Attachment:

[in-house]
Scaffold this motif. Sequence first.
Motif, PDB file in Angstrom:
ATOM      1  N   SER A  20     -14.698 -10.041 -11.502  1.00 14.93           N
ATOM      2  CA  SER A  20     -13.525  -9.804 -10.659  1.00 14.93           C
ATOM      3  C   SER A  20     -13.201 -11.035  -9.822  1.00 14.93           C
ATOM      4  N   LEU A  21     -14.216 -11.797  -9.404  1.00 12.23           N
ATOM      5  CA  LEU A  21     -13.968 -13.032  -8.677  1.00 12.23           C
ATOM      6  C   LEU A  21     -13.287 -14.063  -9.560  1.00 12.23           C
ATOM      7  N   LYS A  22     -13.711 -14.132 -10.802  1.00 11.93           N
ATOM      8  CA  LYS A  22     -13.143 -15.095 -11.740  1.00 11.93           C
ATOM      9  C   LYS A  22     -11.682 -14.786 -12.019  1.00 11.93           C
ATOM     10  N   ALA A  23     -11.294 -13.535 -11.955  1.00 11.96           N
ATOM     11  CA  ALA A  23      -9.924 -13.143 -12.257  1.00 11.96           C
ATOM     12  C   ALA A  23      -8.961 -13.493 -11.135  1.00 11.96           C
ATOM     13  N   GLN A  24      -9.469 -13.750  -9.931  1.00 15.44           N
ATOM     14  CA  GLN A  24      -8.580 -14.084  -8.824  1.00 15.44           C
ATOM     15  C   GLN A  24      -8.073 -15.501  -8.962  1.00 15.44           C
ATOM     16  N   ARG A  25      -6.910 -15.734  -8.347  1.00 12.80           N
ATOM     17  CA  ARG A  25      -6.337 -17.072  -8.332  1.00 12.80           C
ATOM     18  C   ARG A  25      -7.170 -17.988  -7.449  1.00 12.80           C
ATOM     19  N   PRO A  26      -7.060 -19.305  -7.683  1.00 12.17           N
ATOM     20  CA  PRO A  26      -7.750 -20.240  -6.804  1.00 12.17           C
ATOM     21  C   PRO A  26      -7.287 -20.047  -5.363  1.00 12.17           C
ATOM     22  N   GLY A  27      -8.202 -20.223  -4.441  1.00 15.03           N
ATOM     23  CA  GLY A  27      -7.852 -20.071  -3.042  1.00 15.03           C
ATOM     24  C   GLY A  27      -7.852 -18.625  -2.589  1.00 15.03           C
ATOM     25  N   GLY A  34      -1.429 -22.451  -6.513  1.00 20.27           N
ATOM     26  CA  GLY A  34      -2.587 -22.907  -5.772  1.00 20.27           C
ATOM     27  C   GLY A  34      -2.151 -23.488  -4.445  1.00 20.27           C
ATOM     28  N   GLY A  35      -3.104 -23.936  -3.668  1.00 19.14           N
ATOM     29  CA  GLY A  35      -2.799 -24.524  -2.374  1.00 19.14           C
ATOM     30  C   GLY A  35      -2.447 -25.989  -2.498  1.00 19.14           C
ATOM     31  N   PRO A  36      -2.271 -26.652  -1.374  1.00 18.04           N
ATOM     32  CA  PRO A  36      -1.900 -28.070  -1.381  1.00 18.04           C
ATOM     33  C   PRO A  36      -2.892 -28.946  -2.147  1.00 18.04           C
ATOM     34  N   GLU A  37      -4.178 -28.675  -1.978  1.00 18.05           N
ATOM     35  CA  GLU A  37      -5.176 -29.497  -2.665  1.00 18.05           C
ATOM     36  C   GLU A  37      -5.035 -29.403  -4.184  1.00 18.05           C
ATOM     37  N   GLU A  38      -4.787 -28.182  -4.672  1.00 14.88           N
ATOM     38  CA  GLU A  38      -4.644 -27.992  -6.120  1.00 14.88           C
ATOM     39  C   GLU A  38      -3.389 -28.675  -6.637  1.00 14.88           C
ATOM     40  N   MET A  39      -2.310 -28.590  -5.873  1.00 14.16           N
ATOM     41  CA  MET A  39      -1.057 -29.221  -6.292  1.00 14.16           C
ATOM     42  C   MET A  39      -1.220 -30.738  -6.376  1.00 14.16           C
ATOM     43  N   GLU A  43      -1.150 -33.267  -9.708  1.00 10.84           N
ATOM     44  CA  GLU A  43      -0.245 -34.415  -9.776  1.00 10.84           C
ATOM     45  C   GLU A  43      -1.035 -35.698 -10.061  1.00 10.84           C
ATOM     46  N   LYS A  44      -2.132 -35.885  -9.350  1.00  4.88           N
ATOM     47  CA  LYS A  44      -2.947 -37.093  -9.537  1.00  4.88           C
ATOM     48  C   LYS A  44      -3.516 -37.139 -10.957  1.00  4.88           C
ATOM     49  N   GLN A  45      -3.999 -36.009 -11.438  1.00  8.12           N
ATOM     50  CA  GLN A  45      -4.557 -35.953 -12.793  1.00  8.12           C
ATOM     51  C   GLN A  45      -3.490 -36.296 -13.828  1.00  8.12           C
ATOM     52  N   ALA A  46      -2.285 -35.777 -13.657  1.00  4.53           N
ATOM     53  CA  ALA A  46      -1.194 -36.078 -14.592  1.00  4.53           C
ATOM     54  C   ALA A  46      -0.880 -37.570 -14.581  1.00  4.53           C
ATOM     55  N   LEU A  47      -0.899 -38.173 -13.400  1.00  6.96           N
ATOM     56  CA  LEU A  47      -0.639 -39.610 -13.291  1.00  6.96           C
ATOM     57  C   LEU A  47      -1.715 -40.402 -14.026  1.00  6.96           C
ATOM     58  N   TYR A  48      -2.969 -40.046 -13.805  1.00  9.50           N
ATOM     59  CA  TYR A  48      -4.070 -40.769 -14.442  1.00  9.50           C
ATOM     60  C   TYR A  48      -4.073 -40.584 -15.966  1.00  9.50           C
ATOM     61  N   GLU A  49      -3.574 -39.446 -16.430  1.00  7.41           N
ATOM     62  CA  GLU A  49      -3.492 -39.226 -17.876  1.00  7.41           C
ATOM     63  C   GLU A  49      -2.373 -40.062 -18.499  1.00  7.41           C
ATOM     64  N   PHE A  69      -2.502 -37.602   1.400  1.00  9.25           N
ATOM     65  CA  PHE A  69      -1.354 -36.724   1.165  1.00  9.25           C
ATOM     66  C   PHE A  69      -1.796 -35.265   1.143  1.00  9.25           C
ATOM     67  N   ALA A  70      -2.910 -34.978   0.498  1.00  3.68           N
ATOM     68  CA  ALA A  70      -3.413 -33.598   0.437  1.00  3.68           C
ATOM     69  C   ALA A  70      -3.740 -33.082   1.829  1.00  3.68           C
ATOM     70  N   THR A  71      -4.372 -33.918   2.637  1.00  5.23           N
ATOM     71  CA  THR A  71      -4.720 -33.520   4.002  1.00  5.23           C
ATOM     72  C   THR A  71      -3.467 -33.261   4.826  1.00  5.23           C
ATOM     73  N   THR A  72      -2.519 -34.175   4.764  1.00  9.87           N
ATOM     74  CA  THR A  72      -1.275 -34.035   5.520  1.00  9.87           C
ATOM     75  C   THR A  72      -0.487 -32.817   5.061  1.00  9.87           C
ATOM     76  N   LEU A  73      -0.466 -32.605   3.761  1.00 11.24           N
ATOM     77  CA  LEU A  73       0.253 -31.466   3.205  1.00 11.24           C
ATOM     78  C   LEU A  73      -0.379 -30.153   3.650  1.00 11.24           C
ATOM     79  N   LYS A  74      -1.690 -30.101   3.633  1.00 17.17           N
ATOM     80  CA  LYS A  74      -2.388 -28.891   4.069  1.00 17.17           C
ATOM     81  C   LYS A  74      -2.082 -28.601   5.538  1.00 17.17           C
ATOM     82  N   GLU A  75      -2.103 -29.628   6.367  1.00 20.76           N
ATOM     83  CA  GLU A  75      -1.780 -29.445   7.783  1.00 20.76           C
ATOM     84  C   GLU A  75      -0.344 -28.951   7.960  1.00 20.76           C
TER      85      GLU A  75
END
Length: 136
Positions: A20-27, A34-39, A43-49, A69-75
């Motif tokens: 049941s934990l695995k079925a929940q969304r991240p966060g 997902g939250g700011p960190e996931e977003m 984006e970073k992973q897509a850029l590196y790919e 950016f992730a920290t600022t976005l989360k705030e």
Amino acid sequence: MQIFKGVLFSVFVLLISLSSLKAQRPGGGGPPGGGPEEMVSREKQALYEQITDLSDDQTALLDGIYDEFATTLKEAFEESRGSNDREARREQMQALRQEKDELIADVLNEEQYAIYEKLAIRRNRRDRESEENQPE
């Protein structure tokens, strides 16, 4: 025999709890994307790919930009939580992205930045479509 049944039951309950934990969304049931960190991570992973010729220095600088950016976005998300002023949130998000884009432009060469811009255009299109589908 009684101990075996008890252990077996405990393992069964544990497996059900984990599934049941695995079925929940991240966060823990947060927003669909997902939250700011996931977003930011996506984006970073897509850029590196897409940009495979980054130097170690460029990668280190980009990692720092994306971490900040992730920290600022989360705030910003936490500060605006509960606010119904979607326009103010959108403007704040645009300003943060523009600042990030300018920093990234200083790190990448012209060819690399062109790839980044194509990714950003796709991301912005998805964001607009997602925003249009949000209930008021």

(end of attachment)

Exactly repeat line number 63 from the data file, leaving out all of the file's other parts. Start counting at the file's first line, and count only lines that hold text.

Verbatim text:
ATOM     60  C   TYR A  48      -4.073 -40.584 -15.966  1.00  9.50           C